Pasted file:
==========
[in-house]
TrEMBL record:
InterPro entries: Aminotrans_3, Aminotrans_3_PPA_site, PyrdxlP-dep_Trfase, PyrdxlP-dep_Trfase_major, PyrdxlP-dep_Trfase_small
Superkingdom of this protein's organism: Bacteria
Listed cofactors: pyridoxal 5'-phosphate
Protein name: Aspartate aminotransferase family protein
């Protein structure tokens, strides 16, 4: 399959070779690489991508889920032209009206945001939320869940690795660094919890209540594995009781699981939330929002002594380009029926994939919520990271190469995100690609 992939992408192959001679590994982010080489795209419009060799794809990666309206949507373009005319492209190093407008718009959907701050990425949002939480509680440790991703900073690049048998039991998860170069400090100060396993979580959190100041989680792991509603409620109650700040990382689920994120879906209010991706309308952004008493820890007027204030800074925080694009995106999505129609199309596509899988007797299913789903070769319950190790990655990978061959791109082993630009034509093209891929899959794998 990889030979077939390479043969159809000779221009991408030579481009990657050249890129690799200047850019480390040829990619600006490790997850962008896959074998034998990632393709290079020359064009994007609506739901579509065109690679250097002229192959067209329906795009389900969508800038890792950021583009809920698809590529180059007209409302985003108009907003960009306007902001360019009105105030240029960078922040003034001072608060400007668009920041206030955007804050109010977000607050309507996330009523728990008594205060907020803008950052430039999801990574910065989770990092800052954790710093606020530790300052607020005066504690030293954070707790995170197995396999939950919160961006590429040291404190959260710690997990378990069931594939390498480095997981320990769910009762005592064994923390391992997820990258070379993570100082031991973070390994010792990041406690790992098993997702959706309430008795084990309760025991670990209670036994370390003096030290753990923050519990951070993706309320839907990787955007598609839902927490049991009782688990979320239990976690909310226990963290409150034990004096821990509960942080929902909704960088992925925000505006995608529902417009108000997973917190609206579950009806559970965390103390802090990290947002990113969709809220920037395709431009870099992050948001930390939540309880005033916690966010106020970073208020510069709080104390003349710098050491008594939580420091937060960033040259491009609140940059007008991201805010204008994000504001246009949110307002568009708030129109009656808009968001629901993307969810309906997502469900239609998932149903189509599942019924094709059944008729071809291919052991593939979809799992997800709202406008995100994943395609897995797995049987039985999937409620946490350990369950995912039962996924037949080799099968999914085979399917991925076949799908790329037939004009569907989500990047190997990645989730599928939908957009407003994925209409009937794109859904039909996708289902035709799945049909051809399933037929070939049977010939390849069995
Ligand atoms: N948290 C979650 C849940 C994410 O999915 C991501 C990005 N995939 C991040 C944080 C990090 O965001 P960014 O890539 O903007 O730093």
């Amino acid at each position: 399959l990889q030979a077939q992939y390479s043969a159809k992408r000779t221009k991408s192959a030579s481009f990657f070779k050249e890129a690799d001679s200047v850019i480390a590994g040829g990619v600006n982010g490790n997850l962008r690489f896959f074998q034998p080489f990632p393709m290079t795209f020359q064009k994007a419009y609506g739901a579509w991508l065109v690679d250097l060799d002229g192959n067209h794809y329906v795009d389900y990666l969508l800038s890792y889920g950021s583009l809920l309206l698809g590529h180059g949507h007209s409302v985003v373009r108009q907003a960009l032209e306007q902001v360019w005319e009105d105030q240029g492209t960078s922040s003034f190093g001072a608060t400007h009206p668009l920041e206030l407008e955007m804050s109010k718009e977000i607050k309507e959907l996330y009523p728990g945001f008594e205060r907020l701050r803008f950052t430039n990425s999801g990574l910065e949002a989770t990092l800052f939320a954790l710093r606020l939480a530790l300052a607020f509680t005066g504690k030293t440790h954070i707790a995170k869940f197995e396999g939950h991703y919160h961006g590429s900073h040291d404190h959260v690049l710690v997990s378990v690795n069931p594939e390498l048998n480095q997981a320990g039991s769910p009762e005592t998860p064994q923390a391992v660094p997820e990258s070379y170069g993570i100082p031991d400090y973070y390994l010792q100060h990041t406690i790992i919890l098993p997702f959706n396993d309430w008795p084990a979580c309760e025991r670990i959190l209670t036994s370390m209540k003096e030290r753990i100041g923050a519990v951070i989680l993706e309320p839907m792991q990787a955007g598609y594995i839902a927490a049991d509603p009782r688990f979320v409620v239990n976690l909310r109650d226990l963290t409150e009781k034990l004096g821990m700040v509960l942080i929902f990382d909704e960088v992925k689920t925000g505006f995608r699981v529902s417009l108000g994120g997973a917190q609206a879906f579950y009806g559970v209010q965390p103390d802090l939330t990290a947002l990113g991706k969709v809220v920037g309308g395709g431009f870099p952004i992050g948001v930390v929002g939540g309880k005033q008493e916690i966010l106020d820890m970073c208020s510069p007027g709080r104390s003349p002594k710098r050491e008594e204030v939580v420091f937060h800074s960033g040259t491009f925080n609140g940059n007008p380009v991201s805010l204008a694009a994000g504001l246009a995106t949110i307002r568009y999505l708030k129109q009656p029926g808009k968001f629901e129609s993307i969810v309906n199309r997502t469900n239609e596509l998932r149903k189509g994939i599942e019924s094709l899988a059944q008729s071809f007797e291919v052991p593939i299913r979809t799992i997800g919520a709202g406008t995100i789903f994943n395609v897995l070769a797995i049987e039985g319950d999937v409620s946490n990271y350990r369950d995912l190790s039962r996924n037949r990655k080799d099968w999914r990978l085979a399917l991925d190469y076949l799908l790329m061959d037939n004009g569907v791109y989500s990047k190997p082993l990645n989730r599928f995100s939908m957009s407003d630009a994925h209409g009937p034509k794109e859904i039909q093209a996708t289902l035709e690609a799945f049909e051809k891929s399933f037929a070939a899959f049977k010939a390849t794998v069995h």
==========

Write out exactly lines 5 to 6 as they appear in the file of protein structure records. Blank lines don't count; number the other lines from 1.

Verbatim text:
Listed cofactors: pyridoxal 5'-phosphate
Protein name: Aspartate aminotransferase family protein